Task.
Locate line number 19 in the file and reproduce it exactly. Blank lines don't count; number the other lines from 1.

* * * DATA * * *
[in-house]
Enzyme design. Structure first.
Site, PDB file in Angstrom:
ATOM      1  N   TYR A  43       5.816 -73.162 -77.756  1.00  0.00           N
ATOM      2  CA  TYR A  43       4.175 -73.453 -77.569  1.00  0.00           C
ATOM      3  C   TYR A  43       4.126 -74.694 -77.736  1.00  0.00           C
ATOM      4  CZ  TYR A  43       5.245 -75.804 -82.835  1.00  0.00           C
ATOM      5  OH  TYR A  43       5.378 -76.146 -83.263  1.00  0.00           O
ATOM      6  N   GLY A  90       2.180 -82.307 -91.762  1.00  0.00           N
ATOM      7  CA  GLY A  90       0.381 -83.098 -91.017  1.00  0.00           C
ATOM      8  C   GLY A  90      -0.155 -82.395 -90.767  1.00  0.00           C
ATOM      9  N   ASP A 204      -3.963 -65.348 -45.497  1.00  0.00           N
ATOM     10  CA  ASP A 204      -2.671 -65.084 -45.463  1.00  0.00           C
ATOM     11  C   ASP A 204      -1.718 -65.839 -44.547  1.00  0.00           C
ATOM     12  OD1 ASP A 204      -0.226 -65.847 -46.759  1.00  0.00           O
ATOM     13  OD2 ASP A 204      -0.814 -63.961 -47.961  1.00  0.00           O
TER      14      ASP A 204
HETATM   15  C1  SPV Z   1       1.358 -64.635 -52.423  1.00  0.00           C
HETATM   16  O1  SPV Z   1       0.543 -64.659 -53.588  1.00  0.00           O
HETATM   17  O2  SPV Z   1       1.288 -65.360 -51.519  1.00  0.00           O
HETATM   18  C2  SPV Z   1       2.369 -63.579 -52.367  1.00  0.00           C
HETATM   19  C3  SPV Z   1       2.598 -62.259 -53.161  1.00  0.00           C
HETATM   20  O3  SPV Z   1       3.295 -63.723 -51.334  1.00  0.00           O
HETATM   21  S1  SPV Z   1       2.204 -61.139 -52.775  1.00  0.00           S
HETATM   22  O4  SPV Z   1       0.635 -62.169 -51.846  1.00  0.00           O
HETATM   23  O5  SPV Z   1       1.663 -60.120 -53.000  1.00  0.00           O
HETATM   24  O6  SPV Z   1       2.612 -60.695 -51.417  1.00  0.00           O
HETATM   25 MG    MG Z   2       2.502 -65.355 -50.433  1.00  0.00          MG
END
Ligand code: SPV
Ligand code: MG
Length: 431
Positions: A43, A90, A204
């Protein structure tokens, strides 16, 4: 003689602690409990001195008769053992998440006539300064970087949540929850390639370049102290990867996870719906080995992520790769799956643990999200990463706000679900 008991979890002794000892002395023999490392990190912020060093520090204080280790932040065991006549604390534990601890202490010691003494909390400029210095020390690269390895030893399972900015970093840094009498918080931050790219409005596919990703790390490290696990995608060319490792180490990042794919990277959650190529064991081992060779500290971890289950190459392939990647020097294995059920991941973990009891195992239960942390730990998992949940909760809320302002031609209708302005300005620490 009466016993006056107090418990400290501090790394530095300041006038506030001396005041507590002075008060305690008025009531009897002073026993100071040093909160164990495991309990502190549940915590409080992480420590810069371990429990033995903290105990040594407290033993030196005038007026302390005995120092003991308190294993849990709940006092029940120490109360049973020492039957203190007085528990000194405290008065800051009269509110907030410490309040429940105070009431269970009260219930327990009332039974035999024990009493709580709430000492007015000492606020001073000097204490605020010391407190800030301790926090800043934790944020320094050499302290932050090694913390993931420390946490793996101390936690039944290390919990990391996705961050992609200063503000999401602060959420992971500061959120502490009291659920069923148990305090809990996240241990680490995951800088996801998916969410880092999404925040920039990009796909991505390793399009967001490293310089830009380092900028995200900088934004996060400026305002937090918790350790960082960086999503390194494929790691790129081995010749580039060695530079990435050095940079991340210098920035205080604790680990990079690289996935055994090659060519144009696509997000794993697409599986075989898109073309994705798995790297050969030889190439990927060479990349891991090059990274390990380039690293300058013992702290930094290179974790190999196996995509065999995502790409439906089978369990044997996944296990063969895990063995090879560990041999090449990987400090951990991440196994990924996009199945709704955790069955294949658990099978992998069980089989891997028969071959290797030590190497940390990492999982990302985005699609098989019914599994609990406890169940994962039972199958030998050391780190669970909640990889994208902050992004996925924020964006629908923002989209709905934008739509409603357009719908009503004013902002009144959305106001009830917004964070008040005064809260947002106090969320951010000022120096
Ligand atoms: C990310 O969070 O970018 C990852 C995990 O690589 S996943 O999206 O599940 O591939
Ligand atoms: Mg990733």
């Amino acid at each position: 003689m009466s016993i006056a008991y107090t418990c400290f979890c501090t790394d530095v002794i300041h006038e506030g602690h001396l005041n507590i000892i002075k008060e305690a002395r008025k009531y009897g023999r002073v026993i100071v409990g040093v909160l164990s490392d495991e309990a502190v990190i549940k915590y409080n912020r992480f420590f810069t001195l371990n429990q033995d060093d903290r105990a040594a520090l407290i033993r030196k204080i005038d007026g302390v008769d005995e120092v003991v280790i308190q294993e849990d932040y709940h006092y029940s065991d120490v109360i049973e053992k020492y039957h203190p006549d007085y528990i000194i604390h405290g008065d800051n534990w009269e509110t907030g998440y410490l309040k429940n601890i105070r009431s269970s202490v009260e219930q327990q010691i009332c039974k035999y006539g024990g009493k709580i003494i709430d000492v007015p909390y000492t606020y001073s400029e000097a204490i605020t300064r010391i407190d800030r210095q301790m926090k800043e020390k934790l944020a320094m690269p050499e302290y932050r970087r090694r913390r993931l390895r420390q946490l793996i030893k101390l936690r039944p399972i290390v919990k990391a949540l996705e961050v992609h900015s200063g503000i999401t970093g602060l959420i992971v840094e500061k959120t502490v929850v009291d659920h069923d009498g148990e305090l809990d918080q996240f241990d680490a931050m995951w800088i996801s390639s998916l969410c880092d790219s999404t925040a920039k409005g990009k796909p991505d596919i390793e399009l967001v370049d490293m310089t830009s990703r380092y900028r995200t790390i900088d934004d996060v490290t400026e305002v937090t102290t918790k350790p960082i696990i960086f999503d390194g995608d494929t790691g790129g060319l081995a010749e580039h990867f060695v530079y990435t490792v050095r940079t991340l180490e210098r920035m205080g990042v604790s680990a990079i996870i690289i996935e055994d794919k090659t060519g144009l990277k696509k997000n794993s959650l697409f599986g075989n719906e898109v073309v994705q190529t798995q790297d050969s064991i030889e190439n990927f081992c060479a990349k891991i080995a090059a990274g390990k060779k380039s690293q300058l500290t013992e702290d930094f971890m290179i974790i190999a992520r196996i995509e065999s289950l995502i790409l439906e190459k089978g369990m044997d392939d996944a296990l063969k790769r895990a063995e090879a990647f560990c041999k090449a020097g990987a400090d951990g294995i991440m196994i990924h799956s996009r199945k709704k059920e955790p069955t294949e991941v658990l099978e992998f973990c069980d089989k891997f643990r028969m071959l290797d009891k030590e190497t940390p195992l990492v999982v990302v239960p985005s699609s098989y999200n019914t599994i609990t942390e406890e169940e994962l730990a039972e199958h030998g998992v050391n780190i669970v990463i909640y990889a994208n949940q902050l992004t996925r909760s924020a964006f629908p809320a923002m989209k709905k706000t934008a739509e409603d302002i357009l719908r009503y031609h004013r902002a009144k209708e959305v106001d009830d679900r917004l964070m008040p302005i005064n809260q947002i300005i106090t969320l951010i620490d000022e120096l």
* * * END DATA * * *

HETATM   16  O1  SPV Z   1       0.543 -64.659 -53.588  1.00  0.00           O